The Vinaya Pitaka, the first division of the Tipitaka , is the textual framework upon which the monastic community (Sangha) is built, and includes the code of rules that defines the way of life of Theravada bhikkhus
(monks) and bhikkhunis
(nuns). It also details the many rules, procedures, and forms of etiquette that are necessary to support harmonious relations, both among the monastics themselves, and between the monastics and their lay supporters, upon whom they depend.
For a time after the Buddha first established the Sangha, the community lived in harmony without any codified rules of conduct. Over time, however, as the Sangha grew in number and evolved into a more complex society, occasions inevitably arose when some members would act in unskillful ways. Whenever one of these cases was brought to the Buddha's attention, he would lay down a rule establishing a suitable punishment for the offense, as a deterrent to future misconduct. The Buddha's usual reprimand was itself a powerful corrective: It is not fit, foolish man, it is not becoming, it is not proper, it is unworthy of a recluse, it is not lawful, it ought not to be done. How could you, foolish man, having gone forth under this Dhamma and Discipline which are well-taught, [commit such and such offense]?... It is not, foolish man, for the benefit of un-believers, nor for the increase in the number of believers, but, foolish man, it is to the detriment of both unbelievers and believers, and it causes wavering in some. (The Book of the Discipline, Part I, by I.B. Horner (London: Pali Text Society, 1982), pp. 36-7.)
The monastic tradition and the rules upon which it is built are sometimes naïvely criticized -- particularly here in the West -- as irrelevant to the "modern" practice of Buddhism. Some see the Vinaya as a throwback to an archaic patriarchy, based on a hodge-podge of ancient rules and customs that only obscure the essence of "true" Buddhist practice. This unfortunate view misses one crucial fact: it is thanks to the unbroken lineage of monastics who have consistently upheld and protected the rules of the Vinaya for almost 2,600 years that we find ourselves today with the luxury of receiving the priceless teachings of Dhamma. Were it not for the Vinaya, and for those who continue to keep it alive to this day, there would be no Buddhism.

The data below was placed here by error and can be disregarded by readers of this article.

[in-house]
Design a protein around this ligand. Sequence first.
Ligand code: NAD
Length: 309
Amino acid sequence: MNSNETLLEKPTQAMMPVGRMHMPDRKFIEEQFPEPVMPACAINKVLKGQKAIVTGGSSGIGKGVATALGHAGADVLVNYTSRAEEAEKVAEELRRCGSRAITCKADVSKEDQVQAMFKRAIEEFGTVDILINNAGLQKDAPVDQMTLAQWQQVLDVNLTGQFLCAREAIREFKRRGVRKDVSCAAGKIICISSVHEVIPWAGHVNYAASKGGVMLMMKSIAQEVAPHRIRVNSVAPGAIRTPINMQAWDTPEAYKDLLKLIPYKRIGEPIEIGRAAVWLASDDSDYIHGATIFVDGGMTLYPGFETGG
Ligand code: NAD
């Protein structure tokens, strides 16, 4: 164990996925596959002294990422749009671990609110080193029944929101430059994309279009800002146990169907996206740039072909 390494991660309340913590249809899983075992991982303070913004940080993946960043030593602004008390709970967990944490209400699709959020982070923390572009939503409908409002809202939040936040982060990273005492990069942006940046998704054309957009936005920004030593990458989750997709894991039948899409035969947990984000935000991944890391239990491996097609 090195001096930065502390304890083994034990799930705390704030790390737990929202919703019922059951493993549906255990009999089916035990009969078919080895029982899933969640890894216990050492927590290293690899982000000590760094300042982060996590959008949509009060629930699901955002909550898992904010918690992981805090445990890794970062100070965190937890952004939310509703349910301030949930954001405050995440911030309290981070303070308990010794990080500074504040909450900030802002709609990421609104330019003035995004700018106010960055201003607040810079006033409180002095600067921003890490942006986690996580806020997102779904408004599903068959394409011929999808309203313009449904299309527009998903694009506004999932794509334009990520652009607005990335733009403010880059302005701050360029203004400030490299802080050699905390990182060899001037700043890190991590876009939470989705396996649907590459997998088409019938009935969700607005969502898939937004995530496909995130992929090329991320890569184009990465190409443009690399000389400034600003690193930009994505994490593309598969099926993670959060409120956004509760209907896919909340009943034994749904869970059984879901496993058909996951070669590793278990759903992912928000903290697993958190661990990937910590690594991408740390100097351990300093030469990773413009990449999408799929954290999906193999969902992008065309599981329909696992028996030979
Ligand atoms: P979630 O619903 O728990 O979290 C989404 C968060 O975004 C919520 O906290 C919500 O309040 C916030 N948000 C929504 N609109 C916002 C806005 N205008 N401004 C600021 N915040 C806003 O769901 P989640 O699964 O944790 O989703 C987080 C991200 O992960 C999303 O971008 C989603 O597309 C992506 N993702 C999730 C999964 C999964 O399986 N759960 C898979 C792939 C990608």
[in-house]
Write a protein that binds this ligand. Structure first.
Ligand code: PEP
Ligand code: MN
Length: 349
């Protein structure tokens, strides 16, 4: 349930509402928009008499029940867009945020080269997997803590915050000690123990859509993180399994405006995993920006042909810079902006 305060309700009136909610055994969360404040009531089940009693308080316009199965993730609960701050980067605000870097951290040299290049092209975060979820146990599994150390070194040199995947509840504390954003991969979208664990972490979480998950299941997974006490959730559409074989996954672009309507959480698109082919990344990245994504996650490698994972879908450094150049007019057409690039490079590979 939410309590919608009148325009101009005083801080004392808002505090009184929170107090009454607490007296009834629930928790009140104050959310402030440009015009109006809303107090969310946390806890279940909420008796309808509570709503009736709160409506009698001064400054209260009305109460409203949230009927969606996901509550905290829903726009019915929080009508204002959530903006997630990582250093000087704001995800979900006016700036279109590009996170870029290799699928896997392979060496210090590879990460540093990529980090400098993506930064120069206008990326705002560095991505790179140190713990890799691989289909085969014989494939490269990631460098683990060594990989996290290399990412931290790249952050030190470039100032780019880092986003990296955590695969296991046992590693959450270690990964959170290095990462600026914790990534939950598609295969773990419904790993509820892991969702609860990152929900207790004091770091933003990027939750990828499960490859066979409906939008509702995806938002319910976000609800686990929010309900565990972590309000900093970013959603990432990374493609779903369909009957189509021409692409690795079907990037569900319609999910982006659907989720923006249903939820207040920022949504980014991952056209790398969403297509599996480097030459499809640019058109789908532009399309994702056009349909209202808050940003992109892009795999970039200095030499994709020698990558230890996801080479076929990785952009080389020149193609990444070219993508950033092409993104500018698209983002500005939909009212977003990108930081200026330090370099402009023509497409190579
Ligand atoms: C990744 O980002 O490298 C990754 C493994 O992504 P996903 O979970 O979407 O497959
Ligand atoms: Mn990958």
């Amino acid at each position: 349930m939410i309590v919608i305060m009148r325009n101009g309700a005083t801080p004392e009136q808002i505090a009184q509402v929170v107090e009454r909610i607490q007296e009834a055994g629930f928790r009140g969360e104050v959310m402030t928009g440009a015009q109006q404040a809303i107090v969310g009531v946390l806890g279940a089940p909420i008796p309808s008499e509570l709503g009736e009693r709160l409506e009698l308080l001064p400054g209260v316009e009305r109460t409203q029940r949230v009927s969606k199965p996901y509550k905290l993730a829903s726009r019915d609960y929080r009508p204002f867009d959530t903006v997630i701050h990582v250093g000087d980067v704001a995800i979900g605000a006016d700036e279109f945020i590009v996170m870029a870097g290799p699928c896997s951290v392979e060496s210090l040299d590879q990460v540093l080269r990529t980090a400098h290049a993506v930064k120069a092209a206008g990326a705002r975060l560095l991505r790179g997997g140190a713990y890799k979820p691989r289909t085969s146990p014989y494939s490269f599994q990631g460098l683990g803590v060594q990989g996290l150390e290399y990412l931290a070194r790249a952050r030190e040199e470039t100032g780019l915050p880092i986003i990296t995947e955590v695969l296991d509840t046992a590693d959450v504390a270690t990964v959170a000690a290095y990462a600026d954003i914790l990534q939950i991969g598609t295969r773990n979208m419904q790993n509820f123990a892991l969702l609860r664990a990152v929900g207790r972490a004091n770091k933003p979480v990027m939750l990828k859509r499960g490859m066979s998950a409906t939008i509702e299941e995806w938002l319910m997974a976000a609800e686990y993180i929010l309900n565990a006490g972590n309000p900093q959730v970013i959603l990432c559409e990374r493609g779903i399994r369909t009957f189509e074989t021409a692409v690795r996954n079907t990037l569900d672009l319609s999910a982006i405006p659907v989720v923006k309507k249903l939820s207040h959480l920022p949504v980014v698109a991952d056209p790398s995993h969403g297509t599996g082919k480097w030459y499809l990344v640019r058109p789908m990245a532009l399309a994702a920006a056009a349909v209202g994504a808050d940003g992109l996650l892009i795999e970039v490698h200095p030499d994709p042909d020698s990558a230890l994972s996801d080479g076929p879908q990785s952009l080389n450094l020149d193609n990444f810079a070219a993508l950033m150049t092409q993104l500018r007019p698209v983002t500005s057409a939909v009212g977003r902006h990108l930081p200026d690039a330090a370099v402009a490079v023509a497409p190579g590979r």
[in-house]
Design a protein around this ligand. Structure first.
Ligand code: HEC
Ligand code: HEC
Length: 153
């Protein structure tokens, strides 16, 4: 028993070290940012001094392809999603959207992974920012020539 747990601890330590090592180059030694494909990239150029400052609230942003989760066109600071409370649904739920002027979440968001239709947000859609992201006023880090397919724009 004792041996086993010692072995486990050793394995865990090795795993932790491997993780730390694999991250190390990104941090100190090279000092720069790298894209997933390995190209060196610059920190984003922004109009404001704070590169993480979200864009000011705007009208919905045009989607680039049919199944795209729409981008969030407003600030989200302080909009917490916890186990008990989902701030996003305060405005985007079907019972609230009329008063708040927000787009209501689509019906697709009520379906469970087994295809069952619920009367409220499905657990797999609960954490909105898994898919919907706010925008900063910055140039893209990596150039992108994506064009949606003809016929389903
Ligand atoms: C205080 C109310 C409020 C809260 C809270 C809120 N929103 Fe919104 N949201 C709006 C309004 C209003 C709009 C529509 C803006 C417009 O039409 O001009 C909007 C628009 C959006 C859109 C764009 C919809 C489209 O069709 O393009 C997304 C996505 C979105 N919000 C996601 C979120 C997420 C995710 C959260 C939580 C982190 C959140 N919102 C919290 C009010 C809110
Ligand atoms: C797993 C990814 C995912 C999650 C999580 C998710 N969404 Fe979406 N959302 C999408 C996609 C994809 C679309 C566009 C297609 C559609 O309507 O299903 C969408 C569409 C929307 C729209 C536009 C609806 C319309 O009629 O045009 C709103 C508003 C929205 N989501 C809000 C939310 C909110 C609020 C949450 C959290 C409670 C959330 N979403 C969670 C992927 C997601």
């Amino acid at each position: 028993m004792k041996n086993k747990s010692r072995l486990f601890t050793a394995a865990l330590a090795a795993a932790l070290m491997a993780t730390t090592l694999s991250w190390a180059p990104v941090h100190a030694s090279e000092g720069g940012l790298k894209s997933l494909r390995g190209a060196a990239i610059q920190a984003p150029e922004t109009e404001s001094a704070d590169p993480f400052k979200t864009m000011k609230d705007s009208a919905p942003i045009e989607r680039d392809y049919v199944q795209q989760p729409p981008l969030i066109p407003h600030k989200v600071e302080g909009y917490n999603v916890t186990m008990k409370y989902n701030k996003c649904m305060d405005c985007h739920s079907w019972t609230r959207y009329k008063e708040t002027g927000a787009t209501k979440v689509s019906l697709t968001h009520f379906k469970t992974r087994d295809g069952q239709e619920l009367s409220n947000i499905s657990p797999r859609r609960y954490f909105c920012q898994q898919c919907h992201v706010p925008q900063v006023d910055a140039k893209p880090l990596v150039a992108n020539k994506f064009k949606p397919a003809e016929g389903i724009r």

It helps to keep in mind that the name the Buddha gave to the spiritual path he taught was "Dhamma-vinaya" -- the Doctrine (Dhamma) and Discipline (Vinaya) -- suggesting an integrated body of wisdom and ethical training. The Vinaya is thus an indispensible facet and foundation of all the Buddha's teachings, inseparable from the Dhamma, and worthy of study by all followers -- lay and ordained, alike.
Lay practitioners will find the Vinaya Pitaka filled with valuable practical lessons concerning human nature, guidance on how to establish and maintain a harmonious community or organization, as well as profound teachings of the Dhamma itself. But its greatest value, perhaps, lies in its power to inspire the layperson to consider the extraordinary possibilities offered by a life of true renunciation, lived in harmony with the Dhamma.
|The Three Divisions of the
This section includes the basic training rules for bhikkhus and bhikkhunis, along with the "origin story" for each one. These rules are summarized in the Patimokkha , and amount to 227 rules for the bhikkhus, 311 for the bhikkhunis.
This includes several sutta-like texts, including an account of the period immediately following the Buddha's Awakening, his first sermons to the group of five monks, and stories of how some of his great disciples joined the Sangha and themselves attained Awakening. Also included are the rules for ordination, for reciting the Patimokkha during uposatha days , and various procedures that monks are to perform during formal gatherings of the community.
A recapitulation of the previous sections, with summaries of the rules classified and re-classified in various ways for instructional purposes.